The killing of innocent children in Syria is forcing world leaders to take a hard line against the regime of President Bashar Assad.
The governments of the U.S., France, Britain, Germany, Spain, Italy, Australia and Canada have expelled Syrian diplomats in the wake of a brutal massacre last Friday.
More than one hundred people were murdered in the community of Houla near the city of Homs.
The United Nations claims 49 children and 34 women were included among the dead.
Click play to watch John Waage's report followed by analysis from CBN News Sr. International Correspondent Gary Lane, who's done extensive reports in Syria.
Western leaders are pointing to Assad's government as the culprit in the killings.
U.N. observers arrived in Houla over the weekend, where residents dug a mass grave for the victims. The observers are trying to hold together a failing U.N.-sponsored cease-fire between the Syrian army and opposition forces in the country.
"We have got an agreement from the government, both from in Damascus and locally, to stop any attacks from the government side," Martin Griffith of the U.N. Observer Force explained.
"So, we want to make sure that is understood locally by the government checkpoint, and then we want to make sure that the other side understands that there is a stand-down, a truce, and that they also won't attack," he said.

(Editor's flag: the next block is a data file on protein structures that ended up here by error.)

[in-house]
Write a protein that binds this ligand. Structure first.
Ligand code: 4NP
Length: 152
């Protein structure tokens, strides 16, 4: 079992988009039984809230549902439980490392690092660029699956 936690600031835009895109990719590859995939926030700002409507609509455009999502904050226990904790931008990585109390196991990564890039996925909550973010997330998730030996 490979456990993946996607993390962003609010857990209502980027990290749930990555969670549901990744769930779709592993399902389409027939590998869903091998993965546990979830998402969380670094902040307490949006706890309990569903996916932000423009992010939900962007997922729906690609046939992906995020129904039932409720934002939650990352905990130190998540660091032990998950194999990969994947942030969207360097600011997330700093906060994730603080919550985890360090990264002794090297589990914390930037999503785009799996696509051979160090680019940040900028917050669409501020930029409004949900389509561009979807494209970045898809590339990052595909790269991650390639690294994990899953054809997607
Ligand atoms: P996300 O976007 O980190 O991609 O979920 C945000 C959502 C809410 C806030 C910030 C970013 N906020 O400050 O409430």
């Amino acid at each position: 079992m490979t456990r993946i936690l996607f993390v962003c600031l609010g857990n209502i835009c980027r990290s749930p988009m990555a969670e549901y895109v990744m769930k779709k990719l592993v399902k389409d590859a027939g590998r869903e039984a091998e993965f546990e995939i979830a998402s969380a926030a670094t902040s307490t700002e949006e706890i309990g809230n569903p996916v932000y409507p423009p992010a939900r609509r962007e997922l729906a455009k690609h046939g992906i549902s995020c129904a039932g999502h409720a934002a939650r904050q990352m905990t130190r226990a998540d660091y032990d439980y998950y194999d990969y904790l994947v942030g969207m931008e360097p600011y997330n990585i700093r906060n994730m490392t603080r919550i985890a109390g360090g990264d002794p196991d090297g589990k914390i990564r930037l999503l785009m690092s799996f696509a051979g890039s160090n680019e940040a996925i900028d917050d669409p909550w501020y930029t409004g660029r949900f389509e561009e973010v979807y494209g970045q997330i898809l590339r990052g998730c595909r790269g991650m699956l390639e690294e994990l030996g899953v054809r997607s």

The Syrian government says the real account of the massacre is buried under what it called a "tsunami of lies." But leaders in Europe and the United States are outraged by the latest killings, and they're putting responsibility on the Assad regime.
"There is not the slightest doubt that there was deliberate government shelling against a civilian neighborhood in these three villages outside Homs," said Sir Mark Lyall Grant from the U.K. Permanent Representative Office to the U.N.
Meanwhile, Sen. John McCain, R-Ariz., criticized the Obama administration in an interview with Fox News, citing its lack of leadership in dealing with the Syrian atrocities and Assad in the 15 months since the uprising against him began.
"Here we have over a year, and we're now talking about possibly vetting some people," McCain said. "Nearly 10,000 people have died. This is a brutal regime of incredible proportions."
The White House and heads of European governments have been slow to push for Assad's ouster because they didn't want to antagonize Russia, which supports Assad with weapons and financial resources.
But after the latest massacre, even the Russians are on the verge of admitting that the situation in Syria is out of control.